When Henry III died in 1272 the building of the Gothic Abbey was not complete and part of the Norman nave remained attached to the new work. The present nave was nearly 150 years in building. It was begun in 1376 by Abbot Nicholas Litlyngton, who financed the work with money left by his predecessor Cardinal Simon Langham. The master mason was the great Henry Yevele, who followed closely the earlier Gothic style of architecture. Flying buttresses on the exterior took the thrust of the walls and enabled the roof to be raised to a height of 101 feet (31 metres). Richard II and Henry V later provided finance to continue the building but it was not finished until 1517, when the west window was glazed.
The choir screen has a monument to Sir Isaac Newton, in an area often referred to as Scientists Corner. Among the famous people buried in the nave are Charles Darwin, David Livingstone, Sir Charles Barry, Thomas Telford and Clement Attlee.
The West Window
The present stained glass in the west window dates from 1735. The design is probably by Sir James Thornhill and the work was carried out by the glass-painter William Price. The design shows Abraham, Isaac and Jacob and fourteen prophets. At the base are the coats of arms of King Sebert, Elizabeth I, George II, Dean Wilcocks (the Dean at the time) and the City of Westminster.
Just below this window you find the grave of the Unknown Warrior which commemorates the many thousands killed in the 1914-18 war who have no grave.
The Waterford crystal chandeliers were the gift of the Guinness family for the Abbey's 900th anniversary in 1965.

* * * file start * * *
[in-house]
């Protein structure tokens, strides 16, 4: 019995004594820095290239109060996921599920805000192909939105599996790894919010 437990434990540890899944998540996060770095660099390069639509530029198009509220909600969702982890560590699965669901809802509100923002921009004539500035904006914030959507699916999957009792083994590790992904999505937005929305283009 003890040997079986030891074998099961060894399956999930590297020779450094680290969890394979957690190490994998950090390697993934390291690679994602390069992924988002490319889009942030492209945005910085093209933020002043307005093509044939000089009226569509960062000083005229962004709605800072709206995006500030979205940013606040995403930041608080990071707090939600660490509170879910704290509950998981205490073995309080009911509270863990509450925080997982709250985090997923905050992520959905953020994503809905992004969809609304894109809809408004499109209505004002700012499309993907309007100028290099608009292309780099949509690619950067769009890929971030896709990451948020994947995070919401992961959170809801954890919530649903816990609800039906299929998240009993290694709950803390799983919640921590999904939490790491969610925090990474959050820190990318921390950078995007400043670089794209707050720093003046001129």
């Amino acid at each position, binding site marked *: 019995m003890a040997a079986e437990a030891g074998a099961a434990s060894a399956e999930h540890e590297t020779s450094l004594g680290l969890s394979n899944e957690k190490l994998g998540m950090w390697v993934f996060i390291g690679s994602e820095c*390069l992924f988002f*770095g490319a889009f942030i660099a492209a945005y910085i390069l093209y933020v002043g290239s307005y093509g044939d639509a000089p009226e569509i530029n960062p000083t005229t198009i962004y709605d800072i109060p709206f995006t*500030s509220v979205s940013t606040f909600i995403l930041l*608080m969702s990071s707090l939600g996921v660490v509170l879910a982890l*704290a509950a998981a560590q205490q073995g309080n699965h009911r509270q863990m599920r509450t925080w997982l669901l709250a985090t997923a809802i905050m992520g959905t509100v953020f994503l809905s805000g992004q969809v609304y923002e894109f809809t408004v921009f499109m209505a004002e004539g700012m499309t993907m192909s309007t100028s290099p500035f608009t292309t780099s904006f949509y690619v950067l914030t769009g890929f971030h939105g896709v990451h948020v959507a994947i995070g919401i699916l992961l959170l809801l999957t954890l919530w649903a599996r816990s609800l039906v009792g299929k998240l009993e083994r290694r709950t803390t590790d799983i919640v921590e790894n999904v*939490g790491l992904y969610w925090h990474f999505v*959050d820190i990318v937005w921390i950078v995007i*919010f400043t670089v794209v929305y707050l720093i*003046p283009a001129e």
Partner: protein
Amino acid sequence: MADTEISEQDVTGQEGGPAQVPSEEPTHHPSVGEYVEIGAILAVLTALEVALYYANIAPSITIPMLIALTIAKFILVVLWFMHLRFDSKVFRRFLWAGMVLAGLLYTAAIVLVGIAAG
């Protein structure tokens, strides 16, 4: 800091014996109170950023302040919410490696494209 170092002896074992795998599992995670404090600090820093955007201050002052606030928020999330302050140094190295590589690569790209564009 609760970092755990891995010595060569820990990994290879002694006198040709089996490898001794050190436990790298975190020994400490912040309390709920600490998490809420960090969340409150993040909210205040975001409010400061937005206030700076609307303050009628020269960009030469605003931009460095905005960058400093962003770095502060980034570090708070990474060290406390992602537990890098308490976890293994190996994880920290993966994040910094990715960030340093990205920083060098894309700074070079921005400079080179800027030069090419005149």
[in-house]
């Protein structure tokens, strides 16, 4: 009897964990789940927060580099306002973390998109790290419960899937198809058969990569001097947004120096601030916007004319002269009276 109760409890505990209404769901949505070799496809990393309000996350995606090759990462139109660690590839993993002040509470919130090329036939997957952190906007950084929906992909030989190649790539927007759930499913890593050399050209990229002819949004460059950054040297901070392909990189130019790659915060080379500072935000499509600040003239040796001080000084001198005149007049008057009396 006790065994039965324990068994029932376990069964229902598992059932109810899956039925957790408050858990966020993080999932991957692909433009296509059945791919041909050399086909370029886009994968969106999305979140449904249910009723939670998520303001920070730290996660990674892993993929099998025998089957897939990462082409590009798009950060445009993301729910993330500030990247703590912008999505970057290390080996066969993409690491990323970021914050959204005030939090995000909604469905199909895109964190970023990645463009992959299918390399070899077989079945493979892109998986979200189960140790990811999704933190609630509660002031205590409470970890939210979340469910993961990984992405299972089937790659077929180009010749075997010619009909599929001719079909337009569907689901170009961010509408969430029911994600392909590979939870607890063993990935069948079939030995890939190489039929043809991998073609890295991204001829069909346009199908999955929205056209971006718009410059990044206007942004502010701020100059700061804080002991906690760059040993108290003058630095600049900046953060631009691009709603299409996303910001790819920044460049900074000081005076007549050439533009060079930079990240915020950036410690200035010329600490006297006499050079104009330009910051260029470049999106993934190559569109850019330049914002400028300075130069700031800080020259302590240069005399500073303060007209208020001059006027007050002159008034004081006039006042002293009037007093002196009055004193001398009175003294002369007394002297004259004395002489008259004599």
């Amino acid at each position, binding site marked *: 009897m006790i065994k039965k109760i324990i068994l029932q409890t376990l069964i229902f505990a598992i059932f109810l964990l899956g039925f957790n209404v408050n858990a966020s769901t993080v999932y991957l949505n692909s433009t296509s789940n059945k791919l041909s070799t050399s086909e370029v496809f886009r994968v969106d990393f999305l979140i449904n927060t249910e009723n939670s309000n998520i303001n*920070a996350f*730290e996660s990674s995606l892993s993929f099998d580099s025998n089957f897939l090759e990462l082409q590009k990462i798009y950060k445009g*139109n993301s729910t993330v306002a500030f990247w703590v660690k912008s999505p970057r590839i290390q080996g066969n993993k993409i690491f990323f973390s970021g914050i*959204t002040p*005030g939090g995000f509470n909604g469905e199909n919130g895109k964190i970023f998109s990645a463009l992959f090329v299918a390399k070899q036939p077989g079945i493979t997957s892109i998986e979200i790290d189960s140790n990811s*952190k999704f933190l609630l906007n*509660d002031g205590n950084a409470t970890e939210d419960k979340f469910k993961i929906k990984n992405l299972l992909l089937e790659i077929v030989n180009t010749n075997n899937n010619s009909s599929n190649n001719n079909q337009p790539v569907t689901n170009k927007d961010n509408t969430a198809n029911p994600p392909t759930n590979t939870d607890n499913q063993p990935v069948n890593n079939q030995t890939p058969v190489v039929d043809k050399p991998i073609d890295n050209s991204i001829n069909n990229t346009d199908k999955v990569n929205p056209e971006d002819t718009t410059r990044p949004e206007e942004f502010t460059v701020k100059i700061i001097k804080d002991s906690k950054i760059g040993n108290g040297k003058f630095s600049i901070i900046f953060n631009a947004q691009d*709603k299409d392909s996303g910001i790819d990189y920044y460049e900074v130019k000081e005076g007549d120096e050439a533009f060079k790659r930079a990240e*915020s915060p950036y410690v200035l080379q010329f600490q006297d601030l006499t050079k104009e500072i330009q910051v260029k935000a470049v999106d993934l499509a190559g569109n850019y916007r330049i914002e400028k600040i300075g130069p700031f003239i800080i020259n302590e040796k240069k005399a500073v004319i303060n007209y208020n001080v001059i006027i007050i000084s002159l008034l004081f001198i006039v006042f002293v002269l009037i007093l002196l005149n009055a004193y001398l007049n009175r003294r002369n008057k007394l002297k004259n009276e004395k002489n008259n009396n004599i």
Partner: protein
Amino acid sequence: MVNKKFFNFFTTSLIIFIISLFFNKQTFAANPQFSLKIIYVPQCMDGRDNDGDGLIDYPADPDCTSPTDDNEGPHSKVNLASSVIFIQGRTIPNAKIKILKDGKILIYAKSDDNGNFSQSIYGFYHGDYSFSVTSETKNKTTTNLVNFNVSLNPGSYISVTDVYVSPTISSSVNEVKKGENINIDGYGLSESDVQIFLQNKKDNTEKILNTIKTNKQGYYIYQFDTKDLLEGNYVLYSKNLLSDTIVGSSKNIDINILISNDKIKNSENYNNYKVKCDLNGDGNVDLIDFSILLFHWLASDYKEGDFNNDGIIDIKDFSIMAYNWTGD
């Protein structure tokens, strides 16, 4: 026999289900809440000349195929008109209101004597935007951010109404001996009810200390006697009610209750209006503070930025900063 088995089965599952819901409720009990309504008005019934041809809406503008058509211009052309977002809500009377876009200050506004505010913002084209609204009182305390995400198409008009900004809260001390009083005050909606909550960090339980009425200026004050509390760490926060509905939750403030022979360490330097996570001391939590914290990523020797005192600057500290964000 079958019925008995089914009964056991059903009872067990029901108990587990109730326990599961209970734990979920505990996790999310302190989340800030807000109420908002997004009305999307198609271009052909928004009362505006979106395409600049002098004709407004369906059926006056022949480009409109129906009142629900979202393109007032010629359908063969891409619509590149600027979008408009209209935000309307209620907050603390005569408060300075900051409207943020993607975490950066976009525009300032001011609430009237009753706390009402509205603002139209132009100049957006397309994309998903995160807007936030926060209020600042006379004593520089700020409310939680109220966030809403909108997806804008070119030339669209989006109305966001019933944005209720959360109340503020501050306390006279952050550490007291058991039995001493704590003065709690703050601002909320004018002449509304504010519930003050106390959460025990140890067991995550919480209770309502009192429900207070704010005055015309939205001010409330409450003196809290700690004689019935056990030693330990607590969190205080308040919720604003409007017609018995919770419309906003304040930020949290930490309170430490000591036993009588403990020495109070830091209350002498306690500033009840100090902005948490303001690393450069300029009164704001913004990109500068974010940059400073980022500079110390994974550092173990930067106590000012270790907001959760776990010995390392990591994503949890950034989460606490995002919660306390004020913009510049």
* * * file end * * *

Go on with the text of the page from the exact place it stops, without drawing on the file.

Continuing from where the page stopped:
In front of the votive candle stands are two icons, one depicting Christ and the other showing the Blessed Virgin Mary with the Christ Child. These were painted by Sergei Federov and installed in 1994. Near the entrance to St George’s chapel (which is set aside for private prayer) is the earliest known contemporary portrait of an English king, Richard II, painted in about 1395. In a case nearby are seven volumes which form the Roll of Honour of the Civilian War Dead 1939-45.
The ancient Coronation Chair has recently been conserved and can now be viewed in St George's chapel.
Just outside the west door is the circular memorial to Innocent Victims of Oppression, Violence and War, dedicated in 1996. Above the west porch are statues of ten modern martyrs, unveiled in 1998 (Maximilian Kolbe, Manche Masemola, Janani Luwum, Grand Duchess Elizabeth of Russia, Martin Luther King Jr, Oscar Romero, Dietrich Bonhoeffer, Esther John, Lucian Tapiedi and Wang Zhiming).
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